Ask a Nurse: What Are My Choices as an NP if I Don’t Want To Open My Own Practice?
In our Ask a Nurse series, experienced nurses provide an insider look at the nursing profession by answering your questions about nursing careers, degrees, and resources.
Question: What are my choices as a nurse practitioner if I don’t want to open my own practice?
NPs have several options for career paths, many of which do not involve entrepreneurship. Learn more about alternatives to opening your own practice.
Nurse Practitioners Don't Have to Open Their Own Practice
- Opening your own practice as an NP can lead to challenges that include building a new clientele and handling business affairs.
- NPs who choose not to open their own practice can work with hospitalized patients, nursing students, community service workers, inmates, and other populations.
- NPs should consider their desires, needs, and strengths when choosing an alternative role.
Many nurse practitioners (NPs) choose to open their own practices. Depending on their state, they serve as primary care providers with either reduced or full practice authority. However, NPs have many options for career paths, many of which do not involve entrepreneurship.
MaShelia Broadway, MSN, NP-BC, APRN, an acute care NP hospitalist, decided against opening her own practice. She initially had a hard time finding a job in her first specialty, gerontology.
“Everyone that I interviewed with wanted someone who could see all adults and not just geriatrics,” she says. Broadway was already practicing as an RN at a hospital and decided to stay in acute care as she simply enjoyed caring for patients in this setting.
She addresses the challenges of opening a practice. Choosing an alternative route may be beneficial since “...you can just practice without worrying about ‘running a business. There’s no clientele to build.”
If you prefer not to open a practice, there are many alternatives to explore.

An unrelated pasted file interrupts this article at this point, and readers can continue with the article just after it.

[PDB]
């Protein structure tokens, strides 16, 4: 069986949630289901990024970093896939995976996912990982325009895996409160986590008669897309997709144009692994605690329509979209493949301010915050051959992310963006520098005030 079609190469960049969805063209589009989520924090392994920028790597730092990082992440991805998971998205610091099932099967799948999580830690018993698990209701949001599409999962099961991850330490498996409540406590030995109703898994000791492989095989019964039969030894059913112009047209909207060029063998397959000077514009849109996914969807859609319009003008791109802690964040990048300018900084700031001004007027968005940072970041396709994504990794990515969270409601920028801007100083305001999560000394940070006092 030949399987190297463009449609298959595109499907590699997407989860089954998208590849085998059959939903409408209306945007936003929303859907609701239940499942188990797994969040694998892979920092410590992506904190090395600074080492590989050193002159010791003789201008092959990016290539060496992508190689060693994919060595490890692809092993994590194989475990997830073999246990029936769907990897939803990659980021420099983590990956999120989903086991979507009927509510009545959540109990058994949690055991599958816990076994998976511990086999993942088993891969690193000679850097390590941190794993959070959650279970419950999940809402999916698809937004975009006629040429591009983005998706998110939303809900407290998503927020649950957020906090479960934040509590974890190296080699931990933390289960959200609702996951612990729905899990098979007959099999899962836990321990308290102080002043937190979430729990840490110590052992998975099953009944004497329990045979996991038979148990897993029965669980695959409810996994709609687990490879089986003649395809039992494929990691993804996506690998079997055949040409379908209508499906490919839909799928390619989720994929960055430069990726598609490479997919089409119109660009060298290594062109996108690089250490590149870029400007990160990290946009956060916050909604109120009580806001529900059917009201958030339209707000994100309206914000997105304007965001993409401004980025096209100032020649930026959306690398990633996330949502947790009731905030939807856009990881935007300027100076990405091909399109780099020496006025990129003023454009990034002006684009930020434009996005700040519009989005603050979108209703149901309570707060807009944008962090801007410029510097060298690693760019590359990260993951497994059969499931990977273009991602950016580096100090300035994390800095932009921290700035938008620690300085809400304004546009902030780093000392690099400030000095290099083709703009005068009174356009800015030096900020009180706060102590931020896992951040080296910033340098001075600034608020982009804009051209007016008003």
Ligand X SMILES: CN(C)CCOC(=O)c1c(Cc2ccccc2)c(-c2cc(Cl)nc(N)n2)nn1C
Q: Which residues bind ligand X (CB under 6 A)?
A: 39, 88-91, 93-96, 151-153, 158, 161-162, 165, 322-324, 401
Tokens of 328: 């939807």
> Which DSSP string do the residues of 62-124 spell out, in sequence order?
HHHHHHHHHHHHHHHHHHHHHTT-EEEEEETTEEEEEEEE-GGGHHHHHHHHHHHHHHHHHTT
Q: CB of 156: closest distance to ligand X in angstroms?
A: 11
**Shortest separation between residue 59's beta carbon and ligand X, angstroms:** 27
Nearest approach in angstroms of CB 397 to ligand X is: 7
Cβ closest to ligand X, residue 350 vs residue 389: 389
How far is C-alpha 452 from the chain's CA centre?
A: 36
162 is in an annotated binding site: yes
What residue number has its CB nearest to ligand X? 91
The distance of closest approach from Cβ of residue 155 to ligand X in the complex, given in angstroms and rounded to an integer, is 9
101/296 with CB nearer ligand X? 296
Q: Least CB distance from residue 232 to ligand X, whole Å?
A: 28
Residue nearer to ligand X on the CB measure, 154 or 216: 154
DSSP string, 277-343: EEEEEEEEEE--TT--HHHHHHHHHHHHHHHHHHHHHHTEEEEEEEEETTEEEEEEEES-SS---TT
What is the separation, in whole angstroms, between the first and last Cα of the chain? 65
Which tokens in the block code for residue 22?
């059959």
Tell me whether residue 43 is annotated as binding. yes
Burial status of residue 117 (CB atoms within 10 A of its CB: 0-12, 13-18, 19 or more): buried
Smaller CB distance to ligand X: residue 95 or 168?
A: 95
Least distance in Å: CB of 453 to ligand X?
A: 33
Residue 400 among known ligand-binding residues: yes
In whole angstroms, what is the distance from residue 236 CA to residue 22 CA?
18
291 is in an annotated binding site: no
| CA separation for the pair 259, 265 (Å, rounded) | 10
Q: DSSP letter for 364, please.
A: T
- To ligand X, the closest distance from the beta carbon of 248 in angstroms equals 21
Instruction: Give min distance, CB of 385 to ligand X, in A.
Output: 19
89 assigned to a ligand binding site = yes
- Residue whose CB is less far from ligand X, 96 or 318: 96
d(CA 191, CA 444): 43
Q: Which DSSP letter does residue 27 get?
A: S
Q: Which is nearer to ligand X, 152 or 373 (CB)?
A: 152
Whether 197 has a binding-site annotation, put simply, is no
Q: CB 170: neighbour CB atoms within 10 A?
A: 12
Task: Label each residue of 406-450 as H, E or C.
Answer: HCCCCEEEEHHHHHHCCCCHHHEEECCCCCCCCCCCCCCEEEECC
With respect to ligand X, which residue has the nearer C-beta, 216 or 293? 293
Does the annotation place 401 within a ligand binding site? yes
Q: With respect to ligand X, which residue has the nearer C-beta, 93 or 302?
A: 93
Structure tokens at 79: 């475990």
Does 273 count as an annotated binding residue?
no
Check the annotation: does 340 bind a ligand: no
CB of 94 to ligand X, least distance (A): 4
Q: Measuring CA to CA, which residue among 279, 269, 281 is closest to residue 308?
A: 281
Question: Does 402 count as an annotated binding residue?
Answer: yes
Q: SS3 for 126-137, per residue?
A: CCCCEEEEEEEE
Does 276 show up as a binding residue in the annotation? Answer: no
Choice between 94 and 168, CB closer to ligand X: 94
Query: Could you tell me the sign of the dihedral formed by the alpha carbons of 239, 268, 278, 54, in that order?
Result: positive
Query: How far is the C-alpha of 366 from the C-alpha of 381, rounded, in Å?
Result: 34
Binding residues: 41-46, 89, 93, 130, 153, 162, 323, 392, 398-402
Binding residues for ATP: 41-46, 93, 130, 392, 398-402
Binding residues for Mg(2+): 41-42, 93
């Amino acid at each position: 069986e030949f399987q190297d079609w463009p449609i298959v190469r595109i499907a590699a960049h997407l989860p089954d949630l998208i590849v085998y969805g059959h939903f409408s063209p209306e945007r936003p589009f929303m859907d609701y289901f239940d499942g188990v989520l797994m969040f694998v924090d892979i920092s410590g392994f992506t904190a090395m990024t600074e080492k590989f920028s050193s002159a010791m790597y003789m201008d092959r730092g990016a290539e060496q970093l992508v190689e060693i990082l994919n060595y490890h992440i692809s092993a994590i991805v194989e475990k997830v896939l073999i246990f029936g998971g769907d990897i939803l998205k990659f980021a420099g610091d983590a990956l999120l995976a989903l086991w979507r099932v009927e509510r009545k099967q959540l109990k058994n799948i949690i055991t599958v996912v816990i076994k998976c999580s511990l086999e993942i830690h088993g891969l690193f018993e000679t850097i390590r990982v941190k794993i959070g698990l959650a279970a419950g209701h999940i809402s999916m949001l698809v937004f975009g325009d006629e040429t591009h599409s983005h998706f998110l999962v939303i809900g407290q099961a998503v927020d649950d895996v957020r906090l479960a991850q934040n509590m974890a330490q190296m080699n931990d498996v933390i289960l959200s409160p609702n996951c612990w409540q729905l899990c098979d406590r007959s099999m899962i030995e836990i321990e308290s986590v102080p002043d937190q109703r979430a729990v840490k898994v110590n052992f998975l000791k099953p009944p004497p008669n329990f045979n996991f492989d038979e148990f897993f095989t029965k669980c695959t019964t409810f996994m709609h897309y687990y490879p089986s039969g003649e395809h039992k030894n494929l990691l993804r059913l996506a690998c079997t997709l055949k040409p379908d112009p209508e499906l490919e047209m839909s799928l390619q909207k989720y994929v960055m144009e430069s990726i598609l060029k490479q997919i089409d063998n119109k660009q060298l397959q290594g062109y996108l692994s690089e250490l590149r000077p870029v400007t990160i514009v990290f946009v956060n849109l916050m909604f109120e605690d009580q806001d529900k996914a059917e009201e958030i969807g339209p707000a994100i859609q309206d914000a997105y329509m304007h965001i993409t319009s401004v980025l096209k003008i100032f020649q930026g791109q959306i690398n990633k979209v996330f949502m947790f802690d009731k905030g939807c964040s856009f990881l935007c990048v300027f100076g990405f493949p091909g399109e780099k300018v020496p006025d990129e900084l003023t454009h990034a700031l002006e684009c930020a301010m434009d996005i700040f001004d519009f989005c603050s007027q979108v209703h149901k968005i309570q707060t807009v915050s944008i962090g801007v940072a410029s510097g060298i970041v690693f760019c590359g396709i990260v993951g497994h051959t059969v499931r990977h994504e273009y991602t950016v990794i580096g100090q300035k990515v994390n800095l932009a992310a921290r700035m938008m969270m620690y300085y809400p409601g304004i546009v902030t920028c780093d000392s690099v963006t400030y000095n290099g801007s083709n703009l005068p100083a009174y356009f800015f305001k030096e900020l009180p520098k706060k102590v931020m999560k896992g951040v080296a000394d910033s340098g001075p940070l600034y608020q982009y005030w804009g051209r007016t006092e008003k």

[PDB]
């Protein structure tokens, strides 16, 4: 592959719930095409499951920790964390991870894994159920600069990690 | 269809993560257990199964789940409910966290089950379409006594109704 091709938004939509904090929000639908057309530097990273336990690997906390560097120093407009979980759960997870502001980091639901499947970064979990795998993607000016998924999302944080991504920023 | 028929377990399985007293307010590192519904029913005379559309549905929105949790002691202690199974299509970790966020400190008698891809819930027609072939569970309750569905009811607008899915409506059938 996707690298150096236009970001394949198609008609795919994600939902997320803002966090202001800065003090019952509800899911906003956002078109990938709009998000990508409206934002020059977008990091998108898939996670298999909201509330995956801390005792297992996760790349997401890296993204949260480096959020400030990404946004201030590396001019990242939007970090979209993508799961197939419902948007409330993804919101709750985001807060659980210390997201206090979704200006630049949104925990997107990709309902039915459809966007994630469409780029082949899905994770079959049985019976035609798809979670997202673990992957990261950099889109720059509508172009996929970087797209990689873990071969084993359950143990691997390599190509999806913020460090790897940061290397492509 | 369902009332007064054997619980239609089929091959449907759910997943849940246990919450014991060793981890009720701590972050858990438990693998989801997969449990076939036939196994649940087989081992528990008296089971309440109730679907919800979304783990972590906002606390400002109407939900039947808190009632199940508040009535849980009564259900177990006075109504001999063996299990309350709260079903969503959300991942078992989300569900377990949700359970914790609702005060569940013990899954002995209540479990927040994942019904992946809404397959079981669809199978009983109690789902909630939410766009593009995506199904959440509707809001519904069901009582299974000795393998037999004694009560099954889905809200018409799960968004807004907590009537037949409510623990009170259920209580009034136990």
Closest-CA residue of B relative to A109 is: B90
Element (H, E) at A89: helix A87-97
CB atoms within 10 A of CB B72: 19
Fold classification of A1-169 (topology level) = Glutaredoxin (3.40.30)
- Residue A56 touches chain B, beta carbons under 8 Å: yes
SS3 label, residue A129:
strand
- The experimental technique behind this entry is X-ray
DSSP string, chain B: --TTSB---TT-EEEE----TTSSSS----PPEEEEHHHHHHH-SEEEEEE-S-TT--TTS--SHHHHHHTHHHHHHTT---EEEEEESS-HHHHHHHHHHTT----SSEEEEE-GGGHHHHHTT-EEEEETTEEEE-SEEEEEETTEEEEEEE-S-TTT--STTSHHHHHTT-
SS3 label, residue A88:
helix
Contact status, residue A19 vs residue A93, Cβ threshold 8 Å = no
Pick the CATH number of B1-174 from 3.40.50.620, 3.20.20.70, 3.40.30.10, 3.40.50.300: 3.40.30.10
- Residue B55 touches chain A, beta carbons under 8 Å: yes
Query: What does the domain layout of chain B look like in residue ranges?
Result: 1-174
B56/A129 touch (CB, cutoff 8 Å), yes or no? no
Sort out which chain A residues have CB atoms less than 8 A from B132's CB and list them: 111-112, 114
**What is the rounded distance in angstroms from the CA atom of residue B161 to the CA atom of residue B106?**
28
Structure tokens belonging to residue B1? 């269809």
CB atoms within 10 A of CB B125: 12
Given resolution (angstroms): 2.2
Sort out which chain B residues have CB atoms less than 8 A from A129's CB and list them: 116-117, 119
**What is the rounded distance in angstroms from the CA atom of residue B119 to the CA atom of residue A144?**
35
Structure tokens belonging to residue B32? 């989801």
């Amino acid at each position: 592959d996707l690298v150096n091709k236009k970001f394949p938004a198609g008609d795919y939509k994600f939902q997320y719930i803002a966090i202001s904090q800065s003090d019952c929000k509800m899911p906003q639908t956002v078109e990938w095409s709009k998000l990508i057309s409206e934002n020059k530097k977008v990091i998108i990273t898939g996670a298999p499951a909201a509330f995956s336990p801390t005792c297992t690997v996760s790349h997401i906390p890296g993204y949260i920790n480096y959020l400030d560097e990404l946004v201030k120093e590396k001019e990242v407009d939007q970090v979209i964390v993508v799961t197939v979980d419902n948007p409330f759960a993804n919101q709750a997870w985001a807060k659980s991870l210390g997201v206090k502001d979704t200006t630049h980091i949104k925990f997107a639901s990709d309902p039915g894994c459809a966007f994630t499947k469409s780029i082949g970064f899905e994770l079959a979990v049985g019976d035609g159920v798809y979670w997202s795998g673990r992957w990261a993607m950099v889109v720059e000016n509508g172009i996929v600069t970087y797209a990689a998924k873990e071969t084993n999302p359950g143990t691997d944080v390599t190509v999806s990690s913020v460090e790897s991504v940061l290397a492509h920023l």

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Nurse Practitioner Practice Settings: Alternatives to Opening Your Own Practice
There are many career paths for NPs in both inpatient and outpatient settings. NPs can fulfill clinical, academic, and administrative roles at any degree level. Here are eight alternatives to opening your own practice:
Acute and Urgent Care
Many NPs work alongside physicians and other healthcare providers in acute and urgent care facilities. They can specialize in internal medicine as NP hospitalists or serve as clinicians on specialty floors.
Working in this role may contribute to a better work-life balance. “I’m done until my next shift. I don’t take my work home with me. There are no midnight calls or rounding at different hospitals,” says Broadway.
The workflow pace in outpatient settings is often slower than in hospitals and subacute care facilities. NPs can serve as clinicians in specialty clinics alongside other healthcare providers. Working at an outpatient facility may give you the feeling of having your own practice but without the responsibility.
It’s also important to consider that you may have to take a pay cut, especially if you currently work in acute care. Broadway recalls when she first started job hunting as an NP. “Geriatric clinics didn’t offer a salary that compared to [my] salary as an RN,” she says.